Neuroblastic tumors: ~15% of neoplasms
in children <4 years, and > 90% cases diagnosed > 5 years, most
common solid neoplasm outside the central nervous system in
of the sympathetic
nervous system that originate from neural crest sympathogonia,
Neuroblastic tumors are
ganglioneuromas, ganglioneuroblastomas and neuroblastomas.
These tumors can grow wherever sympathetic nervous tissue is
found, but they most frequently occur in the abdomen. Common
locations include the adrenal gland, paraspinal retroperitoneum
(sympathetic ganglia), posterior mediastinum, head, and neck.
Locations such as the urinary bladder, bowel wall, abdominal
wall, and gallbladder are considered unusual.
neuroblastic tumors have been described. These tumors may have
malignant nerve-sheath or pheochromocytoma tumors growing within
them. In rare cases, von Recklinghausen disease, Beckwith-Wiedemann
syndrome, Hirschsprung disease, central failure of ventilation,
and DiGeorge syndrome are associated with ganglioneuroma and
The primary histologic features of these
tumors are neuroblasts (immature, undifferentiated sympathetic
cells), ganglion cells (mature cells), Schwann cells, and stroma
(tissue surrounding the ganglion cells). Secondary histologic
features include necrosis, mitosis, hemorrhage, fibrosis,
calcification, lymphocytic infiltrate, and karyorrhexis
(fragmentation of cellular nuclei that usually symbolizes cell
Neuroblastomas consist predominantly of neuroblasts, where
ganglioneuromas are composed entirely of well-differentiated
cells. Ganglioneuroblastomas contain about 50% or more mature
cells. Malignant potential is proportional to the percentage of
immature cells in the tumor with neuroblastomas being the most
malignant of the three and ganglioneuromas being benign.
Ganglioneuromas are mature tumors and do not
have immature elements, and they have a mixture of
ganglion cells and Schwann cells. The presence of neuroblasts automatically makes the tumor a ganglioneuroblastoma or
of adolescents and young adults (40-60%), mean age 7 years.
grow almost anywhere along the paravertebral sympathetic ganglia
and in the adrenal medulla.
Rare, benign, fully
mature Schwann cells, ganglion cells, fibrous tissue, and nerve
fibers. These tumors have no immature elements (such as neuroblasts), atypia, mitotic figures, intermediate cells, or
necrosis. In fact, the presence of any these tissue characteristics
excludes the diagnosis of ganglioneurom.
These tumors can arise de novo and result from the maturation of
a ganglioneuroblastoma or neuroblastoma into a ganglioneuroma. They
may also develop within a neuroblastoma treated with chemotherapy.
Metastases in these tumors are exceedingly rare. Metastasis is
thought to be the end result of matured ganglioneuroblastoma or
neuroblastoma metastases rather than true ganglioneuroma metastases.
is the most common site of metastasis. Up to 60% of patients
have a bone metastasis at the time of presentation.
Bone metastasis accompanied by limping and
irritability is called Hutchinson syndrome. Pepper syndrome is
the presence of large liver metastases in infants. In children younger than 1 year, skin metastases are common.
These metastases occur as darkly pigmented masses resembling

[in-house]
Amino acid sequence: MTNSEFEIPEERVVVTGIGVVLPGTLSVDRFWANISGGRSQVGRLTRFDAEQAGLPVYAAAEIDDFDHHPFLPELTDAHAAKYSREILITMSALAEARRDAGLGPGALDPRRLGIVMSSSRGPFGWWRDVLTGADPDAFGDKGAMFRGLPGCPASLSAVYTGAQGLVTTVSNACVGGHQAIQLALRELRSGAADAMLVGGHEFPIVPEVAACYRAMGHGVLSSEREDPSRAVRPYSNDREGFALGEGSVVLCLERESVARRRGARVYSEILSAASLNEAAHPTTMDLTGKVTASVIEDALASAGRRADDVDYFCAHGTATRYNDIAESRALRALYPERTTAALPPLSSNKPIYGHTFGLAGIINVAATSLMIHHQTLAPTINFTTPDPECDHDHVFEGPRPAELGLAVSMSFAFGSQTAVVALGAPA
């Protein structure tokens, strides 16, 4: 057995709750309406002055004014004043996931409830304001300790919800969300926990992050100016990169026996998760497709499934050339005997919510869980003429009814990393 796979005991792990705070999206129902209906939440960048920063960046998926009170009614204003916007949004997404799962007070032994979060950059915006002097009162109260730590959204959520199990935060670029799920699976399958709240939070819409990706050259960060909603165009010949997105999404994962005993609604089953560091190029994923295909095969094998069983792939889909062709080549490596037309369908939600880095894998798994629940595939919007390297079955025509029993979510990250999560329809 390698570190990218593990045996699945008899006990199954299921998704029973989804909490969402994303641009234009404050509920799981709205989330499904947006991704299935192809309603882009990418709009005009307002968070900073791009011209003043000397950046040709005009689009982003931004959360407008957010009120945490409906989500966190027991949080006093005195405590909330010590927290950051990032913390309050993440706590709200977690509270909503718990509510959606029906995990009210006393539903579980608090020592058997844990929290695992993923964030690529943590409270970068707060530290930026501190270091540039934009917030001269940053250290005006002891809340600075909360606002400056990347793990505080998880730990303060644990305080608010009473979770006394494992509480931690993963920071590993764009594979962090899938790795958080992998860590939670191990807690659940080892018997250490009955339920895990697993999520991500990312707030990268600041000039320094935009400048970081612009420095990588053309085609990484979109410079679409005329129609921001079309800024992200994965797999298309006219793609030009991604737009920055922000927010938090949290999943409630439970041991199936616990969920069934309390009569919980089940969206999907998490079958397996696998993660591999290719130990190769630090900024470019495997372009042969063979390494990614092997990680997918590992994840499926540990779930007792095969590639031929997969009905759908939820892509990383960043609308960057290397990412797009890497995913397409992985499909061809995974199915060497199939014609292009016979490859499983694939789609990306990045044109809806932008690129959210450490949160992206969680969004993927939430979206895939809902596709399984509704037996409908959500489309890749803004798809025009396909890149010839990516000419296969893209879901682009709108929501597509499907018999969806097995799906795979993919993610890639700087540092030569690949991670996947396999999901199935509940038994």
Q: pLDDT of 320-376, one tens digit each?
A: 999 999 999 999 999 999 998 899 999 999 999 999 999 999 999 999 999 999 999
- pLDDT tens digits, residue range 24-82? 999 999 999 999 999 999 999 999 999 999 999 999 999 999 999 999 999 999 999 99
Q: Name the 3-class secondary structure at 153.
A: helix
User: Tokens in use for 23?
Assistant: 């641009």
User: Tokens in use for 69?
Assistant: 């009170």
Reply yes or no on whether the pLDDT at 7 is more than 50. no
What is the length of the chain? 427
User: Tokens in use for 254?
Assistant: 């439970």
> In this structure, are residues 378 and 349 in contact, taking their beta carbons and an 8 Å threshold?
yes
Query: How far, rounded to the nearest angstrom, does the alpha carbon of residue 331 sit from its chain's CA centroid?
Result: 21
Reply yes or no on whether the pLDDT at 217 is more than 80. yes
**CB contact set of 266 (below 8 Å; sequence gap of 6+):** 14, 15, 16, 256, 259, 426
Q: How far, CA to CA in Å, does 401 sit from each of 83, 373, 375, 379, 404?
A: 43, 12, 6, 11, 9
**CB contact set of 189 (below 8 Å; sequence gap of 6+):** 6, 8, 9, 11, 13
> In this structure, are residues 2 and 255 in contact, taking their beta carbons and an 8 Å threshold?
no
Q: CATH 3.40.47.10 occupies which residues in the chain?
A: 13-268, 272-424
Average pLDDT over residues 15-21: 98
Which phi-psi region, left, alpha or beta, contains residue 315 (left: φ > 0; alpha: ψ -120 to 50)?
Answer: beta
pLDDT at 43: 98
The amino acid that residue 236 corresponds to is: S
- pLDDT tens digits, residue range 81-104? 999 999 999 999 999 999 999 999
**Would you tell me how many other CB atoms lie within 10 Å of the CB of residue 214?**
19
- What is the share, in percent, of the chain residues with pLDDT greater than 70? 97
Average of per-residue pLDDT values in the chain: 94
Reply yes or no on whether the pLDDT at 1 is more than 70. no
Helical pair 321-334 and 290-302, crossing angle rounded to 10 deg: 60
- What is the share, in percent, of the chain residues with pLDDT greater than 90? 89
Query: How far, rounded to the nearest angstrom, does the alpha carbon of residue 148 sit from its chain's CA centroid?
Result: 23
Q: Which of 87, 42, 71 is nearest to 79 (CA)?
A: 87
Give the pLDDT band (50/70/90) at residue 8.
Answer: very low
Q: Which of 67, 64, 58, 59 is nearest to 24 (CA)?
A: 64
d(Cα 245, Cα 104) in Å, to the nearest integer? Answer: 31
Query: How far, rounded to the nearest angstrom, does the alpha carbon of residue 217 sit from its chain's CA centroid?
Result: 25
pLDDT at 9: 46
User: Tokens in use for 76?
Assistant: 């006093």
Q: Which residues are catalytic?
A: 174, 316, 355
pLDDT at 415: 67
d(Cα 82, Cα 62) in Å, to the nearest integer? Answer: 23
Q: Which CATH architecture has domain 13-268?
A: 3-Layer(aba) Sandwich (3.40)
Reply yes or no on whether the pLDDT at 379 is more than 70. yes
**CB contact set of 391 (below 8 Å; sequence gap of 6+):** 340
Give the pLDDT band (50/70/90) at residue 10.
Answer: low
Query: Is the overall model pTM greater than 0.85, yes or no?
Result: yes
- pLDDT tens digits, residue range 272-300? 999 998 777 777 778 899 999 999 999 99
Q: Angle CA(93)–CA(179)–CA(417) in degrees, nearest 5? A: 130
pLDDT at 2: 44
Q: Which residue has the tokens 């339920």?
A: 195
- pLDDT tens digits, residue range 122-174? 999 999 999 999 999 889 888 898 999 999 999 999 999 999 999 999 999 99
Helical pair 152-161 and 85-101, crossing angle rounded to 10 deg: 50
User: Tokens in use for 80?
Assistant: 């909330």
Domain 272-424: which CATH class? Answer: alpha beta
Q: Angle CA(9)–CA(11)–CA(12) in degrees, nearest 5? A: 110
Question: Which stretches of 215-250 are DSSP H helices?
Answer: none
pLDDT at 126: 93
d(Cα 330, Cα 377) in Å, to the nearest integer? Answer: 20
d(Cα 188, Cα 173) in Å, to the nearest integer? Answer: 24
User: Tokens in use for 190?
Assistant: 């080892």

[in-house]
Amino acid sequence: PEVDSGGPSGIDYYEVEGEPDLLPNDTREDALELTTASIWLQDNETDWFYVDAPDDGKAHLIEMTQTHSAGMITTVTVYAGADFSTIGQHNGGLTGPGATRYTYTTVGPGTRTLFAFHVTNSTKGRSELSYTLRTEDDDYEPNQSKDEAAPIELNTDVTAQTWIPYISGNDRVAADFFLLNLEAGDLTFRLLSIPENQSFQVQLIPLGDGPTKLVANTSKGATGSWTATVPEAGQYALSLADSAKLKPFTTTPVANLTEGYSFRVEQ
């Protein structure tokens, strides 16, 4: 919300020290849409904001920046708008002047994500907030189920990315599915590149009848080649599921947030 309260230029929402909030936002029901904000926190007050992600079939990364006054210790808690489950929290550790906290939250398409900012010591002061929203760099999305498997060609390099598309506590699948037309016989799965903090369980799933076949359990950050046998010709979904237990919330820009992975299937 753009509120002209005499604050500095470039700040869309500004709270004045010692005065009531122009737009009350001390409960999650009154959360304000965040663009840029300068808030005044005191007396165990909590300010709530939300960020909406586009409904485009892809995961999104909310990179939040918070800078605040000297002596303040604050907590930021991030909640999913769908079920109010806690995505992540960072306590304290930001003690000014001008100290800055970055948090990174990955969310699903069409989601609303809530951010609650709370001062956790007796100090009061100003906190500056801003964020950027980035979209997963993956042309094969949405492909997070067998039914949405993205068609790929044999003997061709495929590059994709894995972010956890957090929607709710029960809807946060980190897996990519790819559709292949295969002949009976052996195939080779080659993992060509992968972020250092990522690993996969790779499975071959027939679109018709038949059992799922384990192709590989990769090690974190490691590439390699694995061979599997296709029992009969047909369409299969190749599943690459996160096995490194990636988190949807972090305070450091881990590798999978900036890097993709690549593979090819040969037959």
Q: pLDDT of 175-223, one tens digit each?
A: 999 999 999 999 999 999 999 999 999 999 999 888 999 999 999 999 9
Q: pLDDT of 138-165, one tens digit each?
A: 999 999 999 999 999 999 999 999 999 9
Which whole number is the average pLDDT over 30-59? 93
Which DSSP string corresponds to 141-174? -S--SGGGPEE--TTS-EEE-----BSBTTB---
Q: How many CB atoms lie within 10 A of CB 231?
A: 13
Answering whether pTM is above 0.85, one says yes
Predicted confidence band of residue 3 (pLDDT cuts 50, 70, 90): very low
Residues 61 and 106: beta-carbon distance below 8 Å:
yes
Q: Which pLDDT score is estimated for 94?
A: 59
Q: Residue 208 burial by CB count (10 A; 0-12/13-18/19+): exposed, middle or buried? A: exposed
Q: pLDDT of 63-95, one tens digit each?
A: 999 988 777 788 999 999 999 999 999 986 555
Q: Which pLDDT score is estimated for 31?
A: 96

blueberries (blueberry muffin syndrome). The lung, dura, and brain are considered unusual locations for
asymptomatic regardless of their size.
These tumors may be hormonally active, and
hypertension, diarrhea, flushing, and virilization may occur as a result the secretion of catecholamine,
vasoactive intestinal polypeptide, or androgenic hormone.
As many as 37% of ganglioneuromas secrete catecholamines.
Overall, patients with ganglioneuroma have a favorable prognosis.
Ganglioneuroblastomas most commonly occur
in infants and young children and almost never occur after age
10 years. Ganglioneuroblastoma and neuroblastoma tend to occur in
young children with the median age of 2 years.
Ganglioneuroblastomas are a mix of malignant neuroblastoma and
benign ganglioneuroma, and they are sometimes called transitional
tumors. These lesions also originate from sympathetic cells.
Histologically, they are considered malignant because they contain
primitive neuroblasts along with mature ganglion cells.
Ganglioneuroblastomas have a propensity for secreting
catecholamines, and approximately 90-95% actively secrete
vanillylmandelic acid (VMA) and homovanillic acid (HVA). HVA tends to
be secreted by more mature and differentiated tumors, and VMA is
usually a product of less differentiated tumors. In fact, the ratio
of VMA to HVA can be used to assess tumor maturity, thereby being a
prognostic factor. In addition, more mature tumors may contain
vasoactive intestinal peptide (VIP) producing ganglion cells.
Despite these possible comorbidities, the prognosis for patients
with a ganglioneuroblastoma is still relatively good. These tumors
can spontaneously regress or mature. In fact,
all ganglioneuromas are thought to have once been
ganglioneuroblastomas/neuroblastomas at an earlier stage of their
development. Regression has an unknown cause and
occurs in 1-2% of tumors.
ganglioneuroblastomas often present with pain caused by either the
primary tumor or metastatic disease and abdominal distention.
Patients may also complain of irritability, weight loss, malaise,
shortness of breath, peripheral neurologic symptoms (nerve or nerve
root compression), and Horner syndrome (ptosis, myosis, and